Chinatown is a populated neighborhood and tourist destination located in Lower Manhattan in New York, New York. Home to one of the oldest residential areas in Manhattan, it is well-known for its variety of Asian restaurants, grocers, bakeries, and tea houses as well as endless shopping, particularly on Canal Street, where street vendors often sell to passersby.
The neighborhood often holds cultural festivals, such as the Mid-Autumn Moon Festival and the Lunar New Year Parade. Other popular attractions include Chatham Square, Church of the Transfiguration, and the Kimlau Memorial Arch. Spanning two square miles, Chinatown is a very walkable neighborhood with plenty to see and do. Dress warmly for walks during the winter months as it does get cold and snowy. It does become very warm during the summer months, so be wary of walking your four-legged friend in the middle of the day! Taking water along and investing in some doggy boots may be a good idea to protect sensitive paws.
Chinatown is mainly flat, so no need to worry about steep inclines. Most of the neighborhood is comprised of sidewalks and busy roads featuring many storefronts and walk-up apartment buildings. Canal Street spans the entire width of Chinatown, and the entrance to the Manhattan bridge is near the middle of the neighborhood, where many bikers, pedestrians, and vehicles cross paths. Pedestrians and vendors often crowd the sidewalks during the day, so it’s best to avoid areas such as Canal Street or try to plan an early morning or late night walk.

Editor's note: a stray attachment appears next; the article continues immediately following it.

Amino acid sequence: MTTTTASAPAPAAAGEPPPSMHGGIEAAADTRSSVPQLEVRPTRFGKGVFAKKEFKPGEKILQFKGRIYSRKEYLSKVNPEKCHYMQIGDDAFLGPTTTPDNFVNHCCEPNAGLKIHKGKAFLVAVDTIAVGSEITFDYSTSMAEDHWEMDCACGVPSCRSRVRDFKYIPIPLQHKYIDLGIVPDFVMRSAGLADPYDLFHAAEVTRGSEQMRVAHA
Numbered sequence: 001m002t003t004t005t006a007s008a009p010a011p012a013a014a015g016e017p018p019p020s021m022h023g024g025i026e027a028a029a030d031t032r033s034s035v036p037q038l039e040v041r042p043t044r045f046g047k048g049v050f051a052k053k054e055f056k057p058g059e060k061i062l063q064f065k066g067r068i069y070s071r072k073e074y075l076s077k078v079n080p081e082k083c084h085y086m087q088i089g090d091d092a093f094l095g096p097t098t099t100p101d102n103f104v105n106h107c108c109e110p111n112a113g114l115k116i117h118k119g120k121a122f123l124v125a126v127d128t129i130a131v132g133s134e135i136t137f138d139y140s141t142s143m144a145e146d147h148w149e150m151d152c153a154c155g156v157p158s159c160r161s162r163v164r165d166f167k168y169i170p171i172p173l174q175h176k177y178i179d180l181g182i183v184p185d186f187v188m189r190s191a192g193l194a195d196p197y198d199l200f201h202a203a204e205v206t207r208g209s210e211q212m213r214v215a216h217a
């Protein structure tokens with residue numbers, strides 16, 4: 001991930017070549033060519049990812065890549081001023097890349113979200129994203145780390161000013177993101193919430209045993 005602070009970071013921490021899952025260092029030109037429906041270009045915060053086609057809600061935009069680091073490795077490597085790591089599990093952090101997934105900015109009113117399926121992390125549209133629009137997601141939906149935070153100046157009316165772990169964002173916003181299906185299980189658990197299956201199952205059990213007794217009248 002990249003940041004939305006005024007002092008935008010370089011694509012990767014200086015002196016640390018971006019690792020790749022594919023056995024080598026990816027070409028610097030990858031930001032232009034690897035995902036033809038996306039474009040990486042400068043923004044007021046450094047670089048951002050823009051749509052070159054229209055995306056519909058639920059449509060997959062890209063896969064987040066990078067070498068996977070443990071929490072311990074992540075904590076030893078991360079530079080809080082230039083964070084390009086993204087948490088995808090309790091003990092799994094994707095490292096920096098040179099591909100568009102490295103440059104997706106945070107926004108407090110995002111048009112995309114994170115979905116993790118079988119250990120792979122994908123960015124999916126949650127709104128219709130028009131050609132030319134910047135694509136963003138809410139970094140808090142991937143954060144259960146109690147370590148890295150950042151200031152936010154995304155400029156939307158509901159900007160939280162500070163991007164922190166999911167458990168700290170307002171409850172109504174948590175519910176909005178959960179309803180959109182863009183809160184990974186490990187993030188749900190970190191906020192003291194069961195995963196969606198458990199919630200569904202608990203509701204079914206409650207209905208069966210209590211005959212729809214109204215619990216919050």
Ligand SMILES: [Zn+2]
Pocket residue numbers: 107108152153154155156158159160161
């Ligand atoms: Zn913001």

To get to Chinatown, Canal Street Station is located in the northeastern part of the neighborhood. Bring your dog along for a nice city walk, but try to avoid the congested areas during high tourist seasons. Walking is fairly easy, but there are many vehicles, people, and distractions. Be sure to watch your dog while crossing streets or navigating crowds!
Though Chinatown is mainly busy roads and sidewalks, there are a few green spaces and playgrounds where you can walk your dog. A popular space is Columbus Park, located in the western part of the neighborhood. The park features some green space with playgrounds and paths as well as some cement-topped areas. Nearby is Collect Pond Park, named for its reflective pool surrounded by a short walking path. Seward Park, known as the first municipal park in New York City, also has green grass, playgrounds, and a fountain. Kimlau Square, located in Chatham Square, is a small area with some landscaping perfect for a rest beside the Kimlau Memorial Arch.
There are no off-leash areas or run areas in Chinatown, so be sure to keep your dog on a leash during your walk through the neighborhood and be courteous of other pedestrians that are out and about each day.